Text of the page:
Tokyo: The operator of a troubled nuclear power plant resumed efforts to restore power at reactors a day after gray smoke from a reactor building stalled their efforts in northeastern Japan.

Meanwhile, Tokyo Electric Power Co. (TEPCO) said radioactive substances were detected in seawater near the Fukushima-1 nuclear power plant, which was damaged by the March 11 earthquake and tsunami.

Japanese military vehicles and Tokyo Fire Department trucks resumed their cooling operation, which involves showering water over overheating reactors 3 and 4 after their efforts were suspended due to the smoke.

The smoke seen pouring from the reactor 3 building forced workers to suspend operations on Monday to restore power at the six-reactor plant, 250 km northeast of Tokyo. No explanation was offered by government officials.

Smoke was also seen at reactor 2, but the plant's operator said it was believed to be steam. Two armoured vehicles were to be mobilised to remove rubble at the plant, which has hampered the cooling operations.

An external power source became available on late Monday for reactor 1, TEPCO said. The external power source is available for four reactors 1, 2, 5 and 6 out of the six.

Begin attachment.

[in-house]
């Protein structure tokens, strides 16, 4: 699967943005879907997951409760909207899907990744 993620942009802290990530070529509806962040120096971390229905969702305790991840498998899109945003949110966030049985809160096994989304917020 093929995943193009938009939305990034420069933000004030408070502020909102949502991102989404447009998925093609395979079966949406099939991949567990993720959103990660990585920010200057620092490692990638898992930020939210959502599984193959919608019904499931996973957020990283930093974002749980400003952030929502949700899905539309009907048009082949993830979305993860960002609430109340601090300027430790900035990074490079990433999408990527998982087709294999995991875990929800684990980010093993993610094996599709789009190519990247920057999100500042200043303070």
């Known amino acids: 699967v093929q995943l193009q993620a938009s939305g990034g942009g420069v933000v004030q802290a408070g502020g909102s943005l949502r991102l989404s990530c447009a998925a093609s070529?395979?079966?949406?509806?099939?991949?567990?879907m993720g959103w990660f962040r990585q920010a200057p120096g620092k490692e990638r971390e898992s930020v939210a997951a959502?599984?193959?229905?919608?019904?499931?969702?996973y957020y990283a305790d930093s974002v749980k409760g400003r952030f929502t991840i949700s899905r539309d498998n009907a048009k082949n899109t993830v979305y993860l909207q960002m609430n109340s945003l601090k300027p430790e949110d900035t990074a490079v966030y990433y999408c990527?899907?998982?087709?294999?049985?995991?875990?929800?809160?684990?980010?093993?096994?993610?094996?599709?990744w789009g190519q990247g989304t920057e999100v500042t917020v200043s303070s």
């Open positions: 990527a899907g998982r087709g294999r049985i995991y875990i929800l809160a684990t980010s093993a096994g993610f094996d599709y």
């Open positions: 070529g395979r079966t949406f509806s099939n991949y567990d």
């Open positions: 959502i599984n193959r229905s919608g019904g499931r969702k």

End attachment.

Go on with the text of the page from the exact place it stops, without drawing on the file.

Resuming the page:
But the reactors are still in a "tough" situation, said Industry Minister Banri Kaieda, while Prime Minister Naoto Kan told reporters the efforts to cope with the nuclear crisis were "moving forward slowly".

US Nuclear Regulatory Commission (NRC) officials said that conditions at Japan's Fukushima nuclear power plant seem to have improved, though frantic attempts to regain control over disaster-crippled reactors are continuing.

Meanwhile, TEPCO said radioactive iodine at levels 126.7 times higher than the legal limit and radioactive cesium 24.8 times higher were detected in seawater near the plant.

That was believed to have been caused by the nuclear accident, company officials said.

The government told four prefectures-Fukushima, Ibaraki, Tochigi, Gunma-to restrict shipments of spinach and "kakina", a leafy vegetable, as the detection of radioactive substances in the produce surpassed legal limits.